Wednesday, October 10, 2018

What is Biotin, Benefits and Side Effects of Biotin | The Ultimate Beginner's Guide - Health and Fitness City



What is Biotin?

Also known as vitamin H, biotin is one of the B complex vitamins that help the body convert food into energy. 

The word “biotin” comes from the ancient Greek word “biotos,” which means “life” or “sustenance.” B vitamins, and specifically biotin, help keep your skin, hair, eyes, liver, and nervous system healthy. Biotin is also a crucial nutrient during pregnancy, as it’s important for embryonic growth.

Most people get the biotin they need from eating a healthy diet, but there have been many claims that getting more biotin can regulate your blood sugar, promote healthy hair, skin, and nails, and help pregnant moms have healthier babies.


Benefits of Biotin

1. Macronutrient metabolism
Biotin is important for energy production. For example, several enzymes need it to function properly.

These enzymes are involved in carb, fat and protein metabolism. They initiate critical steps in the metabolic processes of these nutrients.

Biotin plays a role in:

  • Gluconeogenesis: This metabolic pathway enables glucose production from sources other than carbs, such as amino acids. Biotin-containing enzymes help initiate this process.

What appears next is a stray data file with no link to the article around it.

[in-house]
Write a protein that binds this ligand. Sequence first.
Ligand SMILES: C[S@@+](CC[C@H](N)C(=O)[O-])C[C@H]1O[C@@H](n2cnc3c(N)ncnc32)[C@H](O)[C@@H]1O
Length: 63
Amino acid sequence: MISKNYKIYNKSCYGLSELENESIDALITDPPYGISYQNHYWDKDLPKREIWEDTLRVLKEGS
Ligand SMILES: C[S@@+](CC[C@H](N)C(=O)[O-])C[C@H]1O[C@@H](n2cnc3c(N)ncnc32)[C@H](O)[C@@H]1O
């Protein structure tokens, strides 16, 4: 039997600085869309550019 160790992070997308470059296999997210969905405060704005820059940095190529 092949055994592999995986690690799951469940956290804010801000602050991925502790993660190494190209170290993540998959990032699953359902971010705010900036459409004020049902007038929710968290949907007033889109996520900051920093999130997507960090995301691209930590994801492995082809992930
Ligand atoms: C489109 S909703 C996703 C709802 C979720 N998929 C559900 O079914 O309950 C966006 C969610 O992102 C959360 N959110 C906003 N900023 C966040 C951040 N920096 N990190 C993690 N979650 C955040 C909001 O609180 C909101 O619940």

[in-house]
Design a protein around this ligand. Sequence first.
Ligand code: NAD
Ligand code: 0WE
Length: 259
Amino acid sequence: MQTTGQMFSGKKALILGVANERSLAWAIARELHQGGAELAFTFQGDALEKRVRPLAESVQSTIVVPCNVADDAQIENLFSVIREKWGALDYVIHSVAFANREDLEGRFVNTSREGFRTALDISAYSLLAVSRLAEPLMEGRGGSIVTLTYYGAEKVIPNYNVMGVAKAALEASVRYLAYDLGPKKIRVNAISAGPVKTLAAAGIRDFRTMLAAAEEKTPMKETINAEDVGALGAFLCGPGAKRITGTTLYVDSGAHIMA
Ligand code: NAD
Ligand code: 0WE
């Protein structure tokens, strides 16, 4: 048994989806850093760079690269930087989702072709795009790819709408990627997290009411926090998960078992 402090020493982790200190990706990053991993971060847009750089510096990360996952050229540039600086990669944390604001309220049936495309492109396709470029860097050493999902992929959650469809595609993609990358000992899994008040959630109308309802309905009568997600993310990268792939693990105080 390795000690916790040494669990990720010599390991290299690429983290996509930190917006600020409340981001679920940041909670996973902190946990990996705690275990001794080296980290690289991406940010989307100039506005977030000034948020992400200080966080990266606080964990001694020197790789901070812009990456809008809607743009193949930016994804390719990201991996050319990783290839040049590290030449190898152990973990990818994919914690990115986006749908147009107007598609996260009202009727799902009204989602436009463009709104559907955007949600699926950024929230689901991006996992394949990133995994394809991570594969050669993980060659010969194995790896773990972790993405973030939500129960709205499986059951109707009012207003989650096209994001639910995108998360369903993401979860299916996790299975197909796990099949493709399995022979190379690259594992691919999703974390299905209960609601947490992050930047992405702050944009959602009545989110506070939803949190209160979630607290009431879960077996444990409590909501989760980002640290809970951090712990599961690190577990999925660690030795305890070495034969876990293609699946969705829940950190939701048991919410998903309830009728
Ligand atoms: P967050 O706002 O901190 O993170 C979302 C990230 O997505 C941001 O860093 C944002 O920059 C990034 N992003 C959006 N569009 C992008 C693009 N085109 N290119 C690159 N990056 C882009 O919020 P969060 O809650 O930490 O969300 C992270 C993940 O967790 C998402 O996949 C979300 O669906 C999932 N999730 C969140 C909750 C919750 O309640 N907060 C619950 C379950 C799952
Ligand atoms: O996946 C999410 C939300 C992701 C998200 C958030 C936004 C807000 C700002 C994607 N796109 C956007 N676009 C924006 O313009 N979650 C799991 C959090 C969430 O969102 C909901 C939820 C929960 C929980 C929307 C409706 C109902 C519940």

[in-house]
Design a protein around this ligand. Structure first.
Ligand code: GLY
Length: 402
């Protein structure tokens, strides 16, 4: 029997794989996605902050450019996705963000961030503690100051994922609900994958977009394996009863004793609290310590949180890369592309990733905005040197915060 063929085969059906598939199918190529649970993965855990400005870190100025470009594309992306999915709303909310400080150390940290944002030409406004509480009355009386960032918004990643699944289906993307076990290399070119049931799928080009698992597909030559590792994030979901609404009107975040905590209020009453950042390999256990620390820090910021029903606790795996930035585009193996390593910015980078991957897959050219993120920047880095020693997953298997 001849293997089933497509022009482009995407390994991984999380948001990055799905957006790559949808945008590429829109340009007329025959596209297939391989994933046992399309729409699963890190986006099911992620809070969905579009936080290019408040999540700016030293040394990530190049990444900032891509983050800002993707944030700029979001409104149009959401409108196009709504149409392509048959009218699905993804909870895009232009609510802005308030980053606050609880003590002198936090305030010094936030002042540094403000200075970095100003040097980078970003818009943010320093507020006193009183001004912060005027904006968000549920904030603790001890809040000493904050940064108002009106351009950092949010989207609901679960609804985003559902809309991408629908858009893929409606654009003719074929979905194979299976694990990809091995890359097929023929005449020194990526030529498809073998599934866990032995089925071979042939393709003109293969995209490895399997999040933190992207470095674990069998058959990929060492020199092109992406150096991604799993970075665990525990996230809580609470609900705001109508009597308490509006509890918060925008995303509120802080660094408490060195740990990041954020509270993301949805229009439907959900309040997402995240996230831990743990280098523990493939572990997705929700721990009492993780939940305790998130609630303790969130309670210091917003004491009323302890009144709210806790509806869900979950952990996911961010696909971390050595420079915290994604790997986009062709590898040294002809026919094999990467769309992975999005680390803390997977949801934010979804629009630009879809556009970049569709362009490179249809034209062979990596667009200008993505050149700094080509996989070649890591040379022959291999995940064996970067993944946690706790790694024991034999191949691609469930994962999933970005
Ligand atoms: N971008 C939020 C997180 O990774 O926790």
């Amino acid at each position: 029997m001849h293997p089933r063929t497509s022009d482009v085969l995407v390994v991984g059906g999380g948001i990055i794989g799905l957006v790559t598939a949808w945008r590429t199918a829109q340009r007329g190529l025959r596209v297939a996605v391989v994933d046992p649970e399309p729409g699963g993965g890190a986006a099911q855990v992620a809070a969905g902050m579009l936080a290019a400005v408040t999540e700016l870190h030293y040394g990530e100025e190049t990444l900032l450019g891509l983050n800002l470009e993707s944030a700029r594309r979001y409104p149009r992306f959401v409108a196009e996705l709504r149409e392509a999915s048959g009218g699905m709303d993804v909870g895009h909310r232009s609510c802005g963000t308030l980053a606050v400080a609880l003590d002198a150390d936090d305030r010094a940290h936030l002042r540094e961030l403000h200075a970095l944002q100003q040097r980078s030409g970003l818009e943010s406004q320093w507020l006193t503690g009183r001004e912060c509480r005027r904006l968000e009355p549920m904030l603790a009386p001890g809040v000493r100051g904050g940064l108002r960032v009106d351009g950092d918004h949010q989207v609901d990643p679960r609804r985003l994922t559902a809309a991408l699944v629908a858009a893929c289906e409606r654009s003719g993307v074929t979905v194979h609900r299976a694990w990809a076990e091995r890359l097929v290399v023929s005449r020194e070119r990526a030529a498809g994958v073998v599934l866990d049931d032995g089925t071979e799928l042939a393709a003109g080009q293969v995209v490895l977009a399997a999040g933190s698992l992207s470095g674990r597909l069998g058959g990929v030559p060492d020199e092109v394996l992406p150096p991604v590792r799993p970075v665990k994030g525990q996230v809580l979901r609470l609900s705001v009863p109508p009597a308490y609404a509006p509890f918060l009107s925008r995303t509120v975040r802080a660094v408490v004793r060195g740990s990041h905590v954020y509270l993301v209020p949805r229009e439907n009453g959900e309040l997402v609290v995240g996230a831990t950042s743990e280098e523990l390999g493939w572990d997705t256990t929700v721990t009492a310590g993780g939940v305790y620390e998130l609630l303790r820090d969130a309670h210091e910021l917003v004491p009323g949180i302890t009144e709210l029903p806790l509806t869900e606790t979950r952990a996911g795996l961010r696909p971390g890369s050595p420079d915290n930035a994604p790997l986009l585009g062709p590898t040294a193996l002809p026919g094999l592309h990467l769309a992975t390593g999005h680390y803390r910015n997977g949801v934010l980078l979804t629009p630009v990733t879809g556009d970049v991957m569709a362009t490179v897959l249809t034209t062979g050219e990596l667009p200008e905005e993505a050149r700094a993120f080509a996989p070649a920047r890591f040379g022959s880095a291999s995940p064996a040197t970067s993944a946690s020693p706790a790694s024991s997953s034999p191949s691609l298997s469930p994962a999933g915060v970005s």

• Fatty acid synthesis: Biotin assists enzymes that activate reactions important for the production of fatty acids.
  • The breakdown of amino acids: Biotin-containing enzymes are involved in the metabolism of several important amino acids, including leucine.

Summary: Biotin assists in energy production. It supports a number of enzymes involved in the metabolism of carbs, fats, and protein.

2. Brittle Nails
Brittle nails are weak and easily become chipped, split or cracked.

It's a common condition, estimated to affect around 20 percent of the world's population.

Biotin may benefit brittle nails.

In one study, 8 people with brittle nails were given 2.5 mg of biotin per day for 6 to 15 months. Nail thickness improved by 25% in all 8 participants. Nail splitting was also reduced.

Another study of 35 people with brittle nails found 2.5 mg of biotin per day for 1.5 to 7 months improved symptoms in 67% of participants.

However, these studies were small and more research is needed.

Summary: Brittle nails are fragile and easily become split or cracked. Biotin supplements may help strengthen the nails.

3. Hair health
woman brushing hair
Biotin is often associated with increased hair growth and healthier, stronger hair.